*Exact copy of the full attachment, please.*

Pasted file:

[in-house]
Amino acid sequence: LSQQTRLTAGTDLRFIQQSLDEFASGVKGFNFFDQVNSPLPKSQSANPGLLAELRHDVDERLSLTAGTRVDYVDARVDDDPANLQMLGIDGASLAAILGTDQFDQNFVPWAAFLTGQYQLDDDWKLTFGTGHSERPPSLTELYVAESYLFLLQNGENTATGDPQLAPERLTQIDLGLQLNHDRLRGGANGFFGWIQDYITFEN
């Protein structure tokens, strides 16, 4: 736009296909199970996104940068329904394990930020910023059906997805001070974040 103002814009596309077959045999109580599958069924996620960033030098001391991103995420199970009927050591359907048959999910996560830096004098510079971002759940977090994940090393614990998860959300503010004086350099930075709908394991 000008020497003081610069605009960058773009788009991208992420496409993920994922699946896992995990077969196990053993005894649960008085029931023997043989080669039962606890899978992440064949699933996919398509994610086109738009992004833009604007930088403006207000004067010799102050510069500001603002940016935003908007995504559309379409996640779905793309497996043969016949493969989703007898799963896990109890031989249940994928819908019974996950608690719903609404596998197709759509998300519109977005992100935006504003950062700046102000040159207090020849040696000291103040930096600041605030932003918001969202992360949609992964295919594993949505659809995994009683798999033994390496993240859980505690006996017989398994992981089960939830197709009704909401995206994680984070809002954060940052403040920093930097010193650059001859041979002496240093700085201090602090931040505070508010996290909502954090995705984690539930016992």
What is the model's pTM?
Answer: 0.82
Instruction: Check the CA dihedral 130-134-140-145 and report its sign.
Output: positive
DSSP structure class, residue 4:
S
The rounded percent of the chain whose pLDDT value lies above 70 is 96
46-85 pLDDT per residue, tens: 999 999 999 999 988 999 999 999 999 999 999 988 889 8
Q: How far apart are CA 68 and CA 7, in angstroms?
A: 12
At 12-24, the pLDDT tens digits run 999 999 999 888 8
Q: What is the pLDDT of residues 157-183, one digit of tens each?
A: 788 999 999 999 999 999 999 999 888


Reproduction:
[in-house]
Amino acid sequence: LSQQTRLTAGTDLRFIQQSLDEFASGVKGFNFFDQVNSPLPKSQSANPGLLAELRHDVDERLSLTAGTRVDYVDARVDDDPANLQMLGIDGASLAAILGTDQFDQNFVPWAAFLTGQYQLDDDWKLTFGTGHSERPPSLTELYVAESYLFLLQNGENTATGDPQLAPERLTQIDLGLQLNHDRLRGGANGFFGWIQDYITFEN
């Protein structure tokens, strides 16, 4: 736009296909199970996104940068329904394990930020910023059906997805001070974040 103002814009596309077959045999109580599958069924996620960033030098001391991103995420199970009927050591359907048959999910996560830096004098510079971002759940977090994940090393614990998860959300503010004086350099930075709908394991 000008020497003081610069605009960058773009788009991208992420496409993920994922699946896992995990077969196990053993005894649960008085029931023997043989080669039962606890899978992440064949699933996919398509994610086109738009992004833009604007930088403006207000004067010799102050510069500001603002940016935003908007995504559309379409996640779905793309497996043969016949493969989703007898799963896990109890031989249940994928819908019974996950608690719903609404596998197709759509998300519109977005992100935006504003950062700046102000040159207090020849040696000291103040930096600041605030932003918001969202992360949609992964295919594993949505659809995994009683798999033994390496993240859980505690006996017989398994992981089960939830197709009704909401995206994680984070809002954060940052403040920093930097010193650059001859041979002496240093700085201090602090931040505070508010996290909502954090995705984690539930016992």
What is the model's pTM?
Answer: 0.82
Instruction: Check the CA dihedral 130-134-140-145 and report its sign.
Output: positive
DSSP structure class, residue 4:
S
The rounded percent of the chain whose pLDDT value lies above 70 is 96
46-85 pLDDT per residue, tens: 999 999 999 999 988 999 999 999 999 999 999 988 889 8
Q: How far apart are CA 68 and CA 7, in angstroms?
A: 12
At 12-24, the pLDDT tens digits run 999 999 999 888 8
Q: What is the pLDDT of residues 157-183, one digit of tens each?
A: 788 999 999 999 999 999 999 999 888